“Staffing is also a huge challenge and I think that speaks to this demographic time bomb,” he said. “You’re having an increasing burden of elderly and people with chronic diseases at the same time as fewer young people are entering the work force and a lot of our staff are reaching retirement age.”

Data compiled by AHS show the median response times for ambulances were below or close to the agency’s targets for most parts of the province in the second quarter of the 2022-23 fiscal year, the most recent data available, but the longest wait times have been getting worse, particularly in urban areas.

AHS tracks median wait times, as well as the 90th percentile, which measures some of the longest wait times. Those statistics measure the point at which 90 per cent of calls are below; conversely, 10 per cent of calls take longer.

The median wait time for an ambulance to arrive in urban areas during a life-threatening event was about nine minutes in the second quarter of 2022-23 and about 18 minutes at the 90th percentile, according to the data. The median target is about eight minutes and 12 minutes at the 90th percentile.

In rural areas, the median wait was about 17 minutes and 34 minutes at the 90th percentile. The targets for rural areas are also higher: 20 minutes for the median wait time and 40 minutes for the 90th percentile.

Paul McLauchlin, president of Rural Municipalities of Alberta, said the bar is so low in rural areas of the province that “any change is going to be a dramatic improvement.” Mr. McLauchlin said the government’s renewed focus on improving EMS is appreciated but his biggest concern is that change will come slowly and with “a lot of risk in the interim.” The government and AHS said there is no clear timeline for the changes, which are continuing.

Some paramedics are also waiting at emergency departments longer, according to the AHS data. Paramedics must remain with their patients until they are formally transferred to the hospital before they can respond to another call. While the median wait has remained steady in the past two years at under 90 minutes in Calgary and Edmonton, the 90th percentile waits have increased from about 2½ hours to about three hours.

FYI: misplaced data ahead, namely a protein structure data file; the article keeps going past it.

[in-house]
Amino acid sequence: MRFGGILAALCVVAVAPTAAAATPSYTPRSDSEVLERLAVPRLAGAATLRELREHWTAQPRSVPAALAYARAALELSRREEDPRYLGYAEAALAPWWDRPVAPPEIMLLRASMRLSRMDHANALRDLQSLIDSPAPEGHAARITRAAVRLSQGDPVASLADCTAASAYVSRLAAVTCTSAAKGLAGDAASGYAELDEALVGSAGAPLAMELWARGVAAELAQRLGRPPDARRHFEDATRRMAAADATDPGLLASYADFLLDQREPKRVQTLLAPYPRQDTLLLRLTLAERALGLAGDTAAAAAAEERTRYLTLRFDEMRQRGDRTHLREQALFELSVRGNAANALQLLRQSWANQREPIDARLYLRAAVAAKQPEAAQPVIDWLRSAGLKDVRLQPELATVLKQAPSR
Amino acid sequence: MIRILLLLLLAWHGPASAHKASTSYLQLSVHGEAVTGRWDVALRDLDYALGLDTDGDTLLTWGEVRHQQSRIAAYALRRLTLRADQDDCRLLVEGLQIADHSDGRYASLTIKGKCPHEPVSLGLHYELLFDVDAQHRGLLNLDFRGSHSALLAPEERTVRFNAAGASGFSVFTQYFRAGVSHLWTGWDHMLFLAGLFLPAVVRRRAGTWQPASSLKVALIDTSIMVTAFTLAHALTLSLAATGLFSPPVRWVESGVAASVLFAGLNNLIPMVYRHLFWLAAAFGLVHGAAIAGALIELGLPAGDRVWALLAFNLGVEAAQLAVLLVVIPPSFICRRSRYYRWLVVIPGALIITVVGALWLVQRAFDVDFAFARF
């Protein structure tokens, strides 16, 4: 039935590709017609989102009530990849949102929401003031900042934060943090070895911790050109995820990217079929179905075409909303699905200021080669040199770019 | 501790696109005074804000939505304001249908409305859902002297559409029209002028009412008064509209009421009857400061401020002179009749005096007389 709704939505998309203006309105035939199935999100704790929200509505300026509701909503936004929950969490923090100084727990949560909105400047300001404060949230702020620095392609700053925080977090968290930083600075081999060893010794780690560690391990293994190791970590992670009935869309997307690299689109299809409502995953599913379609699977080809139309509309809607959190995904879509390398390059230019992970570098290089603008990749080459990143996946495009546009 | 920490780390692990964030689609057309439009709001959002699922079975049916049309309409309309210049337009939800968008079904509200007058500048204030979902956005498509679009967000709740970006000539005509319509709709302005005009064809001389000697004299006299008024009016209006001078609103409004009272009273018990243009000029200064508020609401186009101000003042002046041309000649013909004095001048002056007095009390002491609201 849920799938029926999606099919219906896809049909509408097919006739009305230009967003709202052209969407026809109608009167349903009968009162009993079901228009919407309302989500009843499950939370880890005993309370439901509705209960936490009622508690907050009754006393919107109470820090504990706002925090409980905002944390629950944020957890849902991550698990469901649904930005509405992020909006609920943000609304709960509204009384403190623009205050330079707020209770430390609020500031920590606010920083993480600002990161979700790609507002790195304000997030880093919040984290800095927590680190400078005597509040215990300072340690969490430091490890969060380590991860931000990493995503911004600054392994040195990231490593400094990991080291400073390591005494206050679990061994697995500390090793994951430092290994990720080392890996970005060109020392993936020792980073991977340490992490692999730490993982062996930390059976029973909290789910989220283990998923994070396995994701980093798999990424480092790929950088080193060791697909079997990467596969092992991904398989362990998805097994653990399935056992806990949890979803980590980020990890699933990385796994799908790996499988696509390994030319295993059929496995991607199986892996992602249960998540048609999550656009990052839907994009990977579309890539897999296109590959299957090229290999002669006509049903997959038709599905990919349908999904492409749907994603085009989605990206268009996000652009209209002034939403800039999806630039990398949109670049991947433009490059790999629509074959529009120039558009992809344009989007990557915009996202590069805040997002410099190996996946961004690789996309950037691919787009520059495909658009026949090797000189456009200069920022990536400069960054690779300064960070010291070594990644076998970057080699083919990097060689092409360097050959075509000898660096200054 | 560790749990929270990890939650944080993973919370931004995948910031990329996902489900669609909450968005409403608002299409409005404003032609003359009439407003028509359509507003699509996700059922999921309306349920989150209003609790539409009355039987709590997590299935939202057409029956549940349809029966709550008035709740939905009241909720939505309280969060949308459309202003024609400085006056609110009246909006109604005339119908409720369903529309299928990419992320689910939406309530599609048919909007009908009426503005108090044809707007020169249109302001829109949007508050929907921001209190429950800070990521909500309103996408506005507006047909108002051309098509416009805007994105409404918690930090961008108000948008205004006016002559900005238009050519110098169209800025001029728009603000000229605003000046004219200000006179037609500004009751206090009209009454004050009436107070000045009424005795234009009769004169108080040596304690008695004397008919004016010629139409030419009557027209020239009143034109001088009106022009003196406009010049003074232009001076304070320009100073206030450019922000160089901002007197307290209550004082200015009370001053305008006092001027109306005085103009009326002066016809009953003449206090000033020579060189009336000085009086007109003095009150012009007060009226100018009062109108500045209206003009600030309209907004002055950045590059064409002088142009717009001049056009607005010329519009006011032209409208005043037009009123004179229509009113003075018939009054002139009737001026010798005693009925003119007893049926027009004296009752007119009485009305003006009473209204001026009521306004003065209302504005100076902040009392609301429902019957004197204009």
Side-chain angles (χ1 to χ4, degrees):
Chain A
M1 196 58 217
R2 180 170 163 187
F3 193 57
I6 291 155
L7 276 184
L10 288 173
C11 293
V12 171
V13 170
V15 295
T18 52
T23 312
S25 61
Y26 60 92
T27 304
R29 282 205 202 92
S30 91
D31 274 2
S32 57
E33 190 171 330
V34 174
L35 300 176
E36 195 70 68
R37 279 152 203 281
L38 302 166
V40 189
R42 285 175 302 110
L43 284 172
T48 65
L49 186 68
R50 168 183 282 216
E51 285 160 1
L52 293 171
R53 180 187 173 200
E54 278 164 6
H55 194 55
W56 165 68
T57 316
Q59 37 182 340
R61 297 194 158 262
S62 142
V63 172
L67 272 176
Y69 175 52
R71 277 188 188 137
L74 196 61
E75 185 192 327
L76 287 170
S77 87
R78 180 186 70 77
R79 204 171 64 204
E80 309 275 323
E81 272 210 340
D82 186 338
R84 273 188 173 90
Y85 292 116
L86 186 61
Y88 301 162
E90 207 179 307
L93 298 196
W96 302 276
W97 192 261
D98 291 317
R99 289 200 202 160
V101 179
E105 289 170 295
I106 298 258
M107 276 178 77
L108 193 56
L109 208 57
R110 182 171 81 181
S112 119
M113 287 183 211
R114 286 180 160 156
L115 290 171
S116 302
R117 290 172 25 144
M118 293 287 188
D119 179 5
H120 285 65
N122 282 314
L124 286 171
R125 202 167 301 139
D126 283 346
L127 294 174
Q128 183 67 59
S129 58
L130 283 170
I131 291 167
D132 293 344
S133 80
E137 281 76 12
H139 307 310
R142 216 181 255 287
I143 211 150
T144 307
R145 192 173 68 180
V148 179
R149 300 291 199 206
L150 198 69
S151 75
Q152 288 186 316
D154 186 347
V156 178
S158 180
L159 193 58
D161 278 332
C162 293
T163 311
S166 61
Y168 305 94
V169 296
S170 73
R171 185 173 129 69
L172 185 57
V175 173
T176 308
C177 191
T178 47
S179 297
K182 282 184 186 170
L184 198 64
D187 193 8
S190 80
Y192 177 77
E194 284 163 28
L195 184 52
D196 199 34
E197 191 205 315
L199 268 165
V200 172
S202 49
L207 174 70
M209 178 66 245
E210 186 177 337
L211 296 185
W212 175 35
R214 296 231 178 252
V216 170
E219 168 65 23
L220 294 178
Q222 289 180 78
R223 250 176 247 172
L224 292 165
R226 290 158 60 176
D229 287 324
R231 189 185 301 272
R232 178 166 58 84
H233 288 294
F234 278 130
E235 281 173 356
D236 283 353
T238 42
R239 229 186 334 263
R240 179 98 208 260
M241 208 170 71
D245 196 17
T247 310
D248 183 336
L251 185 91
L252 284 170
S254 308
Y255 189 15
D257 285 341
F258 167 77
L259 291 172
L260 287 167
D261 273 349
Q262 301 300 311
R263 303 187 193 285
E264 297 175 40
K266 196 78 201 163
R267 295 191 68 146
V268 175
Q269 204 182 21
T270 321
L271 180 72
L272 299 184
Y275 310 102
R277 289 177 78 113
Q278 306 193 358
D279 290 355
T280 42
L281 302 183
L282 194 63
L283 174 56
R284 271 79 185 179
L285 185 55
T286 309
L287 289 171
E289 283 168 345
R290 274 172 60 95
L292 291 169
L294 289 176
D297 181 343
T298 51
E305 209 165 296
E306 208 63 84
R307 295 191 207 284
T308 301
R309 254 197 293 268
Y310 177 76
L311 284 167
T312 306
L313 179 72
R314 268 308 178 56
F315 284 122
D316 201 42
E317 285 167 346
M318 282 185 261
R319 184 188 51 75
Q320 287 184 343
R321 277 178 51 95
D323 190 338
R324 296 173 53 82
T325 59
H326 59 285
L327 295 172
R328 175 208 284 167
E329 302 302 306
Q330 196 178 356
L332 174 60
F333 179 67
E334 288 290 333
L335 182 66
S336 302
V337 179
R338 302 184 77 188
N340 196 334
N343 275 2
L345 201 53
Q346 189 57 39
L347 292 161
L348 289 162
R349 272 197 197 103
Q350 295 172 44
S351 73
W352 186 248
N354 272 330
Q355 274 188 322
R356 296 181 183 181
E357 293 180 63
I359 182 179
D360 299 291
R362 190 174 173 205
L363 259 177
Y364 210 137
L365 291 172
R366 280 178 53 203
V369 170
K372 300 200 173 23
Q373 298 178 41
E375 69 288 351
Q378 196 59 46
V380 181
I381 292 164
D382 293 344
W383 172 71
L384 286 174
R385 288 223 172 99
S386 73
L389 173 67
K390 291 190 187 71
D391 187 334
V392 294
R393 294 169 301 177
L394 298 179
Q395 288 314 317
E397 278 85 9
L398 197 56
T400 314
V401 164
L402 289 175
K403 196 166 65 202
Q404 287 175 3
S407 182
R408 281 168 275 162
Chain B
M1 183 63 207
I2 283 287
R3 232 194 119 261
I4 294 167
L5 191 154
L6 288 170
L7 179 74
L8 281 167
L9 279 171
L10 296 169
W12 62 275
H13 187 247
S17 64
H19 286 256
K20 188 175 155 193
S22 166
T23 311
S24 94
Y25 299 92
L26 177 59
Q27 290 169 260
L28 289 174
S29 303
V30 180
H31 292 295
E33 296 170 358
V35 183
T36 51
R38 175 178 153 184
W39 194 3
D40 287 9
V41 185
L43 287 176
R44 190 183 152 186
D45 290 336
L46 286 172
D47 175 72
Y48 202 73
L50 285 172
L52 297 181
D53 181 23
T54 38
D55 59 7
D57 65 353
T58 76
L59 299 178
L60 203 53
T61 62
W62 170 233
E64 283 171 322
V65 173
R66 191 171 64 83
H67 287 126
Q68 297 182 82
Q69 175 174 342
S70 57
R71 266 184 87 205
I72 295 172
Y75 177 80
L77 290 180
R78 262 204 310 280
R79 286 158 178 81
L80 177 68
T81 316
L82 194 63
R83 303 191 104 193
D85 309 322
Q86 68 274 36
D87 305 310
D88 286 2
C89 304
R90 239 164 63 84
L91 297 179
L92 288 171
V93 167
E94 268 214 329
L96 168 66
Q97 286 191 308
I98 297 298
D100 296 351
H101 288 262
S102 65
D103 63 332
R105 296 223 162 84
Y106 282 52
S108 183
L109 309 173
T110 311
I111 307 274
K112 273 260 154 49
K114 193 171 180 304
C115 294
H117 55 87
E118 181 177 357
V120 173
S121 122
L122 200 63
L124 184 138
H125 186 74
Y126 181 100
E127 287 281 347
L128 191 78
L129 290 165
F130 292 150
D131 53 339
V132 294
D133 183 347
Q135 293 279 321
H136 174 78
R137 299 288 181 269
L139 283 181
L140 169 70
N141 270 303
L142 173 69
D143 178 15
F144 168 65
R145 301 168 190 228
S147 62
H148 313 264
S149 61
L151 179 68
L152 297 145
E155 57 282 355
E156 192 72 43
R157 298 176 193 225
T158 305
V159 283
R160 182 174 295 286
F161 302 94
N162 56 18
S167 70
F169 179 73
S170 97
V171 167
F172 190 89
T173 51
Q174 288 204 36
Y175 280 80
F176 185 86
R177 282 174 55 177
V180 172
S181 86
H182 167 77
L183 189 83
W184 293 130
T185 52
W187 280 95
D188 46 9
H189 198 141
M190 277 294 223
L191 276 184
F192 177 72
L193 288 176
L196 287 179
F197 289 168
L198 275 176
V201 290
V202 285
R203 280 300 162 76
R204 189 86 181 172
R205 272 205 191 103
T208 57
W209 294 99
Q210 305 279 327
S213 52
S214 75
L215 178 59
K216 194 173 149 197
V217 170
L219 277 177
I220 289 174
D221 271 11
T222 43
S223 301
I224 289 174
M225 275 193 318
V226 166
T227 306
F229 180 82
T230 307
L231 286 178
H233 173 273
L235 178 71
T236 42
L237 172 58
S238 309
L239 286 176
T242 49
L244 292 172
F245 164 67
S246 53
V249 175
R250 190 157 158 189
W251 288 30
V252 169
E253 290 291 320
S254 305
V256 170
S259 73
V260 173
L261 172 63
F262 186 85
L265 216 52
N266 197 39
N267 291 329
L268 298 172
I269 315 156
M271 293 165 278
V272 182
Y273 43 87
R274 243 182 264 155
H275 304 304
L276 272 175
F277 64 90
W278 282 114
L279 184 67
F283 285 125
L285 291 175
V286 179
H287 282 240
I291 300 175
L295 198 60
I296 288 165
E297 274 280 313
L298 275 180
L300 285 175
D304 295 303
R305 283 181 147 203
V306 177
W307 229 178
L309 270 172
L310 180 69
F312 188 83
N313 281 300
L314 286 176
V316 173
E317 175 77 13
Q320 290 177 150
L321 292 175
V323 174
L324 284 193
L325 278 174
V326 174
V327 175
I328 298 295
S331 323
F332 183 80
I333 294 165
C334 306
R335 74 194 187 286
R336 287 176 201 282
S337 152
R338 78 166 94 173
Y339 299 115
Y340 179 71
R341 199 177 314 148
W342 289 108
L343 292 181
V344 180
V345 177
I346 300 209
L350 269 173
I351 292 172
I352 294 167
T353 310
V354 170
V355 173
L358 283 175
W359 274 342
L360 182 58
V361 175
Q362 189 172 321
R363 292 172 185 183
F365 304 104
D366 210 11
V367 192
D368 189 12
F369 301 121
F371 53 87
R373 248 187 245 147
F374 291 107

The median ambulance dispatch time – the time between when someone reaches a 911 operator and when an ambulance is en route – was just under a minute in the most recent data, a slight increase from a year earlier. The 90th percentile was 4½ minutes – three times higher than a year earlier and far above the 90th percentile target of 90 seconds.

Early last year, AHS consolidated 911 EMS dispatch, shifting from city-run systems in Calgary, Red Deer, Lethbridge and the Municipality of Wood Buffalo to one of the three dispatch centres under the health authority. AHS said at the time that the change would improve patient care and save about $6-million a year by eliminating duplication. The Alberta government, including former health minister Tyler Shandro, pushed for the change.

Mayors from the affected cities were opposed and some repeated their calls to reverse the change in the wake of the Premier’s health care announcement, while welcoming the promised improvements to EMS.

Last week, Mr. Copping did not rule out the possibility of returning 911 dispatch to municipalities. He said the government is reviewing a report on the EMS dispatch system before deciding how to proceed.

In the northern Municipality of Wood Buffalo, a sprawling area in northern Alberta that includes Fort McMurray and is the size of Nova Scotia, Mayor Sandy Bowman said a major concern is that dispatchers are unfamiliar with the area so paramedics have been sent to the wrong place. He said it is especially frustrating for community members who are in crisis, sometimes shock, and can often only pinpoint their location by landmarks.

Calgary Mayor Jyoti Gondek said firefighters are responding to medical calls at a rate never seen before, often arriving before paramedics. Not only are they expected to perform “double duty” but Ms. Gondek is critical of the province for not providing funding to offset the associated costs.

Lethbridge Mayor Blaine Hyggen said there have been improvements to the centralized system but the “fight is not lost” to turn back time to the original model. Red Deer Mayor Ken Johnston said residents are still getting a dedicated service, but is it as effective as it once was? Not close, he said.